In Defense of Nationwide Injunctions
Professor Amanda Frost, of American University Washington College of Law, presented a working draft of her work In Defense of Nationwide Injunctions. This work provides the first sustained academic defense of nationwide injunctions. In some cases, nationwide injunctions are the only means to provide plaintiffs with complete relief, or to prevent harm to thousands of individuals who cannot quickly bring their own cases before the courts.
From American University Washington College of Law, “Amanda Frost writes and teaches in the fields of constitutional law, immigration and citizenship law, federal courts and jurisdiction, and judicial ethics. Her articles have appeared in the Duke Law Journal, the Northwestern Law Review, the N.Y.U Law Review, and the Virginia Law Review, among others. Her non-academic writing has been published in The Atlantic, Slate, the Washington Post, the New York Times, USA Today, and the L.A. Times, and she authors the “Academic round-up” column for SCOTUSblog. Before entering academia, Professor Frost clerked for Judge A. Raymond Randolph on the U.S. Court of Appeals for the D.C. Circuit and spent five years as a staff attorney at Public Citizen, where she litigated cases at all levels of the federal judicial system. She has also worked for the Senate Judiciary Committee, served as Acting Director of the Immigrant Justice Clinic, and spent a year as a Fulbright Scholar studying transparency reform in the European Union.”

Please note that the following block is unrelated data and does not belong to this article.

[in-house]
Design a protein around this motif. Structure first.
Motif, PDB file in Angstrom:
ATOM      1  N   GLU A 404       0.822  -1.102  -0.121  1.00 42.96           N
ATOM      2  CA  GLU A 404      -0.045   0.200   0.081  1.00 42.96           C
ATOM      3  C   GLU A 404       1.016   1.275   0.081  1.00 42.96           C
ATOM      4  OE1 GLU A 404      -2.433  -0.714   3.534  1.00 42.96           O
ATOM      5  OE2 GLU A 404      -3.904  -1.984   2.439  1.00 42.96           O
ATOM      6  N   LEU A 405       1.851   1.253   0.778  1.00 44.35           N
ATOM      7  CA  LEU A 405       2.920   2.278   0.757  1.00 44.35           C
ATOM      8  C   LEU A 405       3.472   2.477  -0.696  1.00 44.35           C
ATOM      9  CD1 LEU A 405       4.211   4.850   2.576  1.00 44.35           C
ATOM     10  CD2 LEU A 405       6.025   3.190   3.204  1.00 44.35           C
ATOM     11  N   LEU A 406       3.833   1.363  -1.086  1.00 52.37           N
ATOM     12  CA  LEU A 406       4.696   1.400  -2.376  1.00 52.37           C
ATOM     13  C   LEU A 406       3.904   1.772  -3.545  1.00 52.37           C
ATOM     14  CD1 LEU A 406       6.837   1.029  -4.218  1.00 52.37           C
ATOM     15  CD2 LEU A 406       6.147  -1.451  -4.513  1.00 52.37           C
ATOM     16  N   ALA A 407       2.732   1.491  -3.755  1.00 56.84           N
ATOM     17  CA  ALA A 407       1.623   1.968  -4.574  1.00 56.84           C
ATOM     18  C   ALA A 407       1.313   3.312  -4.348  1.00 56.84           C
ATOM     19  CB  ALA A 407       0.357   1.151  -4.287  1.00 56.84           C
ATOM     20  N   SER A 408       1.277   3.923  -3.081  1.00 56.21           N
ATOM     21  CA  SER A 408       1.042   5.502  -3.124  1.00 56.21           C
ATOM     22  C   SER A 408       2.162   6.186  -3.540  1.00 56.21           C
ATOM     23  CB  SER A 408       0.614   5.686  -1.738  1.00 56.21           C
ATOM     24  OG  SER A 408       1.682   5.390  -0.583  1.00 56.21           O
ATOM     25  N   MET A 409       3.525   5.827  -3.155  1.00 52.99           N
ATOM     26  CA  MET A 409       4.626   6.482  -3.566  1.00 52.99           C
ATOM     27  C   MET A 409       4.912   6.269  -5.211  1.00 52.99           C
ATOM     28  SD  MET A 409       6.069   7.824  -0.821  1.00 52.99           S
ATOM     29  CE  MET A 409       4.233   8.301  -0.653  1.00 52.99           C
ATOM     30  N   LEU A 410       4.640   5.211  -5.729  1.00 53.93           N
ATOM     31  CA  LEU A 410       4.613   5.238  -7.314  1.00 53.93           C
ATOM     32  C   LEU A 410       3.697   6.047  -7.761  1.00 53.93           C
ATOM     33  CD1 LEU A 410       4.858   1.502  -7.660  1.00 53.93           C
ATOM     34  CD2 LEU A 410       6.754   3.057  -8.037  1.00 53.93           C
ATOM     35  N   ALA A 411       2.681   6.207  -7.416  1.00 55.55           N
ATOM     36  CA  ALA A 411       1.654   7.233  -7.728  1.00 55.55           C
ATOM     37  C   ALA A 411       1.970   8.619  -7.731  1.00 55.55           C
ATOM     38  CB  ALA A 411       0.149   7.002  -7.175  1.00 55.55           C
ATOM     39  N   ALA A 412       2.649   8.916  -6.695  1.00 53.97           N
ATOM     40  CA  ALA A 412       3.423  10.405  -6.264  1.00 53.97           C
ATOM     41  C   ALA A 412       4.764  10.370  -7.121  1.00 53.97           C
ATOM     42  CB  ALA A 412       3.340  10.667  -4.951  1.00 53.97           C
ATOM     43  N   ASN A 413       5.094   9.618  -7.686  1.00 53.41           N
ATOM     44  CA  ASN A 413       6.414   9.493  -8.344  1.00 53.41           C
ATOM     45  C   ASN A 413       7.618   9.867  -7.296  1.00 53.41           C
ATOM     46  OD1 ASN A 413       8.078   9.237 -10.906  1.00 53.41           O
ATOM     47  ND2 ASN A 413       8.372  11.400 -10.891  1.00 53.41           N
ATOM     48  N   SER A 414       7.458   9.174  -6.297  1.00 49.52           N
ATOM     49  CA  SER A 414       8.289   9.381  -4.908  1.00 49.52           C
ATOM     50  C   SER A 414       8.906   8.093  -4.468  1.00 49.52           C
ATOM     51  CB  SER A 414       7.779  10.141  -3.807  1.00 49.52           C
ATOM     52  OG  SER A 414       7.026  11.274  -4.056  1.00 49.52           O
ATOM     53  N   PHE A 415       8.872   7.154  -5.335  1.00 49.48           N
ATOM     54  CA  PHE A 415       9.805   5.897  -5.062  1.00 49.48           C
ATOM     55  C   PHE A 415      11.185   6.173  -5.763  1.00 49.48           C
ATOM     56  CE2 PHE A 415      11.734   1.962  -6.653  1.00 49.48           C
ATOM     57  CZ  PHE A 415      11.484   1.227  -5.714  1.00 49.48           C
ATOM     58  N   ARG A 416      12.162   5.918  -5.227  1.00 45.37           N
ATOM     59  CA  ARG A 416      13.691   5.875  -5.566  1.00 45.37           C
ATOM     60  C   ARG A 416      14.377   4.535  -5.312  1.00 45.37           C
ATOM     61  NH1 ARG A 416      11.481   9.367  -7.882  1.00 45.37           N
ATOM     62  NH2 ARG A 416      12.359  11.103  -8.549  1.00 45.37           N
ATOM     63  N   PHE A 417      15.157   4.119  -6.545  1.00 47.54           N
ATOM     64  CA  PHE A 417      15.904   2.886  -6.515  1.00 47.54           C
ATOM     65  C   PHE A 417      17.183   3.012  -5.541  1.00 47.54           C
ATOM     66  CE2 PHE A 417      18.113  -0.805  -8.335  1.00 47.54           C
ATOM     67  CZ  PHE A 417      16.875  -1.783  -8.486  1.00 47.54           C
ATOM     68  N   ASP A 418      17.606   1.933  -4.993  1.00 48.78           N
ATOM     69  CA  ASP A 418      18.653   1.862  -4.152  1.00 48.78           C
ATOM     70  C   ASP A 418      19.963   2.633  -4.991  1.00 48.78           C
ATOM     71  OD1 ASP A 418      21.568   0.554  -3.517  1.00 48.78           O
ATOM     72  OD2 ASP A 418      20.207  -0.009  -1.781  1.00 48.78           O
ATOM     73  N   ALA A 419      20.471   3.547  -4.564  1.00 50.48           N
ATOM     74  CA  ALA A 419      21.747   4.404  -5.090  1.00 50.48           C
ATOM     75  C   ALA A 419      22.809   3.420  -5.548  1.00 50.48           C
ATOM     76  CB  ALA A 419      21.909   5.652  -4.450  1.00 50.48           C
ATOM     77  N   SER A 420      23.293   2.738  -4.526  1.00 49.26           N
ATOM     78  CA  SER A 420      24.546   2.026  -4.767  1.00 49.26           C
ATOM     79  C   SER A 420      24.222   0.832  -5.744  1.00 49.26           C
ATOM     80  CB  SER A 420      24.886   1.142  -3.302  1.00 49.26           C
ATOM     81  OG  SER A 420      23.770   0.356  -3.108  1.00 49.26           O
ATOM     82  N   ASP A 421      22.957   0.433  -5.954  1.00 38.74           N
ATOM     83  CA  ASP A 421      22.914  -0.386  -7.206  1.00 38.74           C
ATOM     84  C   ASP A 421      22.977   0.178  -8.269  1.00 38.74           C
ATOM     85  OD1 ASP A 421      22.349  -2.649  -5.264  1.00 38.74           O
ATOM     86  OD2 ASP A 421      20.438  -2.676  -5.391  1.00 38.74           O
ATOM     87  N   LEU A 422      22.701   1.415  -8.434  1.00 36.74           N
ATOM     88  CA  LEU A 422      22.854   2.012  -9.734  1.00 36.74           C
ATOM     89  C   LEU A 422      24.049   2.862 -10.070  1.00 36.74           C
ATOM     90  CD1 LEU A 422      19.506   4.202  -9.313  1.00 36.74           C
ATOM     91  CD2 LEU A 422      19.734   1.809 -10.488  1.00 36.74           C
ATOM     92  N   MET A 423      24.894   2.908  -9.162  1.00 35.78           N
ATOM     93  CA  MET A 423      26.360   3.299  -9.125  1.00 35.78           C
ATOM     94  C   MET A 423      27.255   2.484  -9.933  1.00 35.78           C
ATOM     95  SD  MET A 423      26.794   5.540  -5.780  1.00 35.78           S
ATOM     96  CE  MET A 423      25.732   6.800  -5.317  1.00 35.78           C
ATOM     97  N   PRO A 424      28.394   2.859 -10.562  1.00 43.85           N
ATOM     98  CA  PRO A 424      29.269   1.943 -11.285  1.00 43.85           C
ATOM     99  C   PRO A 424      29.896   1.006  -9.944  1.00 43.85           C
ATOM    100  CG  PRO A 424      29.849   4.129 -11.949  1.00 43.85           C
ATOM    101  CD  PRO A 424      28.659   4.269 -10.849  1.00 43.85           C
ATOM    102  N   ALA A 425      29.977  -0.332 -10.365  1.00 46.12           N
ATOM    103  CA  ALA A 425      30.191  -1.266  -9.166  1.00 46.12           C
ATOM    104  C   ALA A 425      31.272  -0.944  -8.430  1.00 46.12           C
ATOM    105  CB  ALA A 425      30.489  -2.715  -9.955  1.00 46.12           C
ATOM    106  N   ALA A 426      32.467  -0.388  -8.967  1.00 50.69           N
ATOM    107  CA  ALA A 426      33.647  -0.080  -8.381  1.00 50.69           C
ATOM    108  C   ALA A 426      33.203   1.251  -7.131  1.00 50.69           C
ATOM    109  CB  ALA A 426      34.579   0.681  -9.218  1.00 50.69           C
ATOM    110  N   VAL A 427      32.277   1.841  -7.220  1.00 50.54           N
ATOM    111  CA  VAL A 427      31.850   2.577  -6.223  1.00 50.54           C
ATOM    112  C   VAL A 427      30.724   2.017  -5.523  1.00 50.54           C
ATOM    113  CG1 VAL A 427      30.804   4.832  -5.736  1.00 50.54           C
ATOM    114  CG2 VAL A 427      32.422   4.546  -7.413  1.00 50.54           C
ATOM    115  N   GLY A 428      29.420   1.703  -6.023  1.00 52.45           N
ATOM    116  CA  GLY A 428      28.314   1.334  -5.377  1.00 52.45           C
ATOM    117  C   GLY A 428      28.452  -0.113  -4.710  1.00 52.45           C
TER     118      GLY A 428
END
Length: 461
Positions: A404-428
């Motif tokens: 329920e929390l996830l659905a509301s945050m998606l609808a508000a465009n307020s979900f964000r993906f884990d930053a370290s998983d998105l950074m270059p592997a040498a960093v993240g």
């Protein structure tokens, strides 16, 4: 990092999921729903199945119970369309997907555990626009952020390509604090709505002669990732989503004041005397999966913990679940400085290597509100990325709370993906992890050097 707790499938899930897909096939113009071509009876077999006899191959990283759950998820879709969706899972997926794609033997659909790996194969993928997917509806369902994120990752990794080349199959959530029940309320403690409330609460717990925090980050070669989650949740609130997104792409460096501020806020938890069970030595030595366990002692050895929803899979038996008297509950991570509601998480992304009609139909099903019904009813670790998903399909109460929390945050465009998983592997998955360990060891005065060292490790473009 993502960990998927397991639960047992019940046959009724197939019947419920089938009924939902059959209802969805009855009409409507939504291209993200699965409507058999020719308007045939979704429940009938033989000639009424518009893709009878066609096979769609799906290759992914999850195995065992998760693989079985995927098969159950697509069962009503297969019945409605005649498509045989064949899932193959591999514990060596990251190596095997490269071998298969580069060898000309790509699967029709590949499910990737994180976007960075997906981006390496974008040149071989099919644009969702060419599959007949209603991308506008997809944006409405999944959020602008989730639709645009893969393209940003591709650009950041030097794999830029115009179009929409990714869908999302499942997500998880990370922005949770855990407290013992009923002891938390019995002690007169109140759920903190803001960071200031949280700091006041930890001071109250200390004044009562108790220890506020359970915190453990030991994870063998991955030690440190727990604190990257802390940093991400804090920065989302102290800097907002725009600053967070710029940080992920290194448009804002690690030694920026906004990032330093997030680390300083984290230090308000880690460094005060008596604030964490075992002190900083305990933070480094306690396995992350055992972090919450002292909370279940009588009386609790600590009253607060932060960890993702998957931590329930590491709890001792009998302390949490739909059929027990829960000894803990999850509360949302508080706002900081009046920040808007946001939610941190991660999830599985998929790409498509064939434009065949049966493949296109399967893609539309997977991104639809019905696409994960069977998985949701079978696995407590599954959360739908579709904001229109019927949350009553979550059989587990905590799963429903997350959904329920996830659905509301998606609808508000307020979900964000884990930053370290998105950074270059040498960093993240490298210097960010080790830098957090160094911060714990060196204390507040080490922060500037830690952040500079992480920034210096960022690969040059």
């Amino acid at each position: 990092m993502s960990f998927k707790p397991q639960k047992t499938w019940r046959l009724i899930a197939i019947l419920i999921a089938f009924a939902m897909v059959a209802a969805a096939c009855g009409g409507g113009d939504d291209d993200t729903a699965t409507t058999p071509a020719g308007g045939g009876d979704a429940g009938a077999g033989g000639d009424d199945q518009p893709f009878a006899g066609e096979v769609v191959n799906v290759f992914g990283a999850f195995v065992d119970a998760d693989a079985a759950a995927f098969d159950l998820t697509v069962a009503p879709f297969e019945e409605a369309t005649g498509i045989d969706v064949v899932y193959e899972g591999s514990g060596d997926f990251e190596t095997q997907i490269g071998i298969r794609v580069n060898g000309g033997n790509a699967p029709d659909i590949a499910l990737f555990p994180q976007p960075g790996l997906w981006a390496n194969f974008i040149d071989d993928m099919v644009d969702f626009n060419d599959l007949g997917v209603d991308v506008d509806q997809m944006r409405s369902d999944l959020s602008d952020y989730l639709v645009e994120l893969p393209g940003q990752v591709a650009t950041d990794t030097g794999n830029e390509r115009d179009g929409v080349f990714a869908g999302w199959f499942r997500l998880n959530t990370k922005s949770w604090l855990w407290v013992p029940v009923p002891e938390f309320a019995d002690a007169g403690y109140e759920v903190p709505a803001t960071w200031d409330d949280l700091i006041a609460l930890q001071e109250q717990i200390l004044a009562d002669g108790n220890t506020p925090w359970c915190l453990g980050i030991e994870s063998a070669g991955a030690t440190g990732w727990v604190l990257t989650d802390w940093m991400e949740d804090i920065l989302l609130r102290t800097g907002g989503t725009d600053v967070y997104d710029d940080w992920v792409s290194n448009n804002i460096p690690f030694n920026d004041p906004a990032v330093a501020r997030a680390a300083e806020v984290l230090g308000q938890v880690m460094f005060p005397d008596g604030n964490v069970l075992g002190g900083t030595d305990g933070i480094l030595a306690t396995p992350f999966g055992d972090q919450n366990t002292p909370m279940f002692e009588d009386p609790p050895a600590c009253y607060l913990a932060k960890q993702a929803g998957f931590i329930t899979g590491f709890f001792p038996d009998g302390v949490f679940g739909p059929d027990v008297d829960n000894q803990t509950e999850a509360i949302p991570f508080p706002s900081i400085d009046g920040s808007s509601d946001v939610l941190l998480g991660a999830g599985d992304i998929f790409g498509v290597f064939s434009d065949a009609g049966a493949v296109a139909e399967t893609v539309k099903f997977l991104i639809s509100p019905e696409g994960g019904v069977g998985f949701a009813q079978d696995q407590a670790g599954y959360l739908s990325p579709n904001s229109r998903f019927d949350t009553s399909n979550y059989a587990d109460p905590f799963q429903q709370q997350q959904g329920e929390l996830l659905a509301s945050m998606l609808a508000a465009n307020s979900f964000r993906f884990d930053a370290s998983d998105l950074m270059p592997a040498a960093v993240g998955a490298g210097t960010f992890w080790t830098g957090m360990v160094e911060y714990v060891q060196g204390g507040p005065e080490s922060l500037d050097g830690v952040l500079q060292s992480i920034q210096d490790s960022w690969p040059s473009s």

FIU Law, FIU Law Faculty Workshop Series, Amanda Frost, nationwide injunctions, constitutional, litigation, federal courts
Constitutional Law | Law
Frost, Amanda, "In Defense of Nationwide Injunctions" (2018). Faculty Workshops.